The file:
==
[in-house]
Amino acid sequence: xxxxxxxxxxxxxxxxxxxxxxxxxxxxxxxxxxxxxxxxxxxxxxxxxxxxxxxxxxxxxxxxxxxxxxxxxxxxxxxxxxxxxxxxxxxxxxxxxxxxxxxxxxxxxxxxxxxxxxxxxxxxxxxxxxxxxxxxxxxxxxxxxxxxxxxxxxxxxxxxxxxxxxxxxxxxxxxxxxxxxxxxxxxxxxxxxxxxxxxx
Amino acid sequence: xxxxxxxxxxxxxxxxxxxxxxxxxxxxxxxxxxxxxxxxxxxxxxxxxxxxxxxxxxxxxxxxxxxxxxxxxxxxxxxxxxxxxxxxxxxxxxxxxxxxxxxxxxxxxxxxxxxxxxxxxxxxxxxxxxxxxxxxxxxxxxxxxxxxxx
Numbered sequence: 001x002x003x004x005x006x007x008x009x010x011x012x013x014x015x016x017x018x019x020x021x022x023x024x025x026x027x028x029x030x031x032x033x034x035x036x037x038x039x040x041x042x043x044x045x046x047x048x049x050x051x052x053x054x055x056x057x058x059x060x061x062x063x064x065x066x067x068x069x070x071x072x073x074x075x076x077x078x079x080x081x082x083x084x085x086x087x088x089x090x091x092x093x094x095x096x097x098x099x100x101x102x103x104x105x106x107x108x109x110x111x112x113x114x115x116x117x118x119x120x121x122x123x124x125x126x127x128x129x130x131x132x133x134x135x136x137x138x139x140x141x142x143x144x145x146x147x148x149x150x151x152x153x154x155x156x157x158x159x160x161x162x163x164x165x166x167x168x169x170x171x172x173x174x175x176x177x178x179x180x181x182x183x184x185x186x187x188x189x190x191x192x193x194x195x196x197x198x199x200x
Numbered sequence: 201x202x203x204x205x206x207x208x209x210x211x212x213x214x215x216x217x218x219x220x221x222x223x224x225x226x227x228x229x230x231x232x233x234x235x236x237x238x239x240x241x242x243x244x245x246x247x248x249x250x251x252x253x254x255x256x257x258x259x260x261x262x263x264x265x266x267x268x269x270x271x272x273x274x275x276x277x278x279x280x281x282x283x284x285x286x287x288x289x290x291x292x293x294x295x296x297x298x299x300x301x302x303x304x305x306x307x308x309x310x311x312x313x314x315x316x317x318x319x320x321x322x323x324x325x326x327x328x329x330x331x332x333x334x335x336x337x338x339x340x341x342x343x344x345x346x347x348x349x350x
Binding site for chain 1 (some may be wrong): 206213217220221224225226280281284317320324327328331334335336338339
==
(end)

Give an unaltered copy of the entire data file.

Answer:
[in-house]
Amino acid sequence: xxxxxxxxxxxxxxxxxxxxxxxxxxxxxxxxxxxxxxxxxxxxxxxxxxxxxxxxxxxxxxxxxxxxxxxxxxxxxxxxxxxxxxxxxxxxxxxxxxxxxxxxxxxxxxxxxxxxxxxxxxxxxxxxxxxxxxxxxxxxxxxxxxxxxxxxxxxxxxxxxxxxxxxxxxxxxxxxxxxxxxxxxxxxxxxxxxxxxxxx
Amino acid sequence: xxxxxxxxxxxxxxxxxxxxxxxxxxxxxxxxxxxxxxxxxxxxxxxxxxxxxxxxxxxxxxxxxxxxxxxxxxxxxxxxxxxxxxxxxxxxxxxxxxxxxxxxxxxxxxxxxxxxxxxxxxxxxxxxxxxxxxxxxxxxxxxxxxxxxx
Numbered sequence: 001x002x003x004x005x006x007x008x009x010x011x012x013x014x015x016x017x018x019x020x021x022x023x024x025x026x027x028x029x030x031x032x033x034x035x036x037x038x039x040x041x042x043x044x045x046x047x048x049x050x051x052x053x054x055x056x057x058x059x060x061x062x063x064x065x066x067x068x069x070x071x072x073x074x075x076x077x078x079x080x081x082x083x084x085x086x087x088x089x090x091x092x093x094x095x096x097x098x099x100x101x102x103x104x105x106x107x108x109x110x111x112x113x114x115x116x117x118x119x120x121x122x123x124x125x126x127x128x129x130x131x132x133x134x135x136x137x138x139x140x141x142x143x144x145x146x147x148x149x150x151x152x153x154x155x156x157x158x159x160x161x162x163x164x165x166x167x168x169x170x171x172x173x174x175x176x177x178x179x180x181x182x183x184x185x186x187x188x189x190x191x192x193x194x195x196x197x198x199x200x
Numbered sequence: 201x202x203x204x205x206x207x208x209x210x211x212x213x214x215x216x217x218x219x220x221x222x223x224x225x226x227x228x229x230x231x232x233x234x235x236x237x238x239x240x241x242x243x244x245x246x247x248x249x250x251x252x253x254x255x256x257x258x259x260x261x262x263x264x265x266x267x268x269x270x271x272x273x274x275x276x277x278x279x280x281x282x283x284x285x286x287x288x289x290x291x292x293x294x295x296x297x298x299x300x301x302x303x304x305x306x307x308x309x310x311x312x313x314x315x316x317x318x319x320x321x322x323x324x325x326x327x328x329x330x331x332x333x334x335x336x337x338x339x340x341x342x343x344x345x346x347x348x349x350x
Binding site for chain 1 (some may be wrong): 206213217220221224225226280281284317320324327328331334335336338339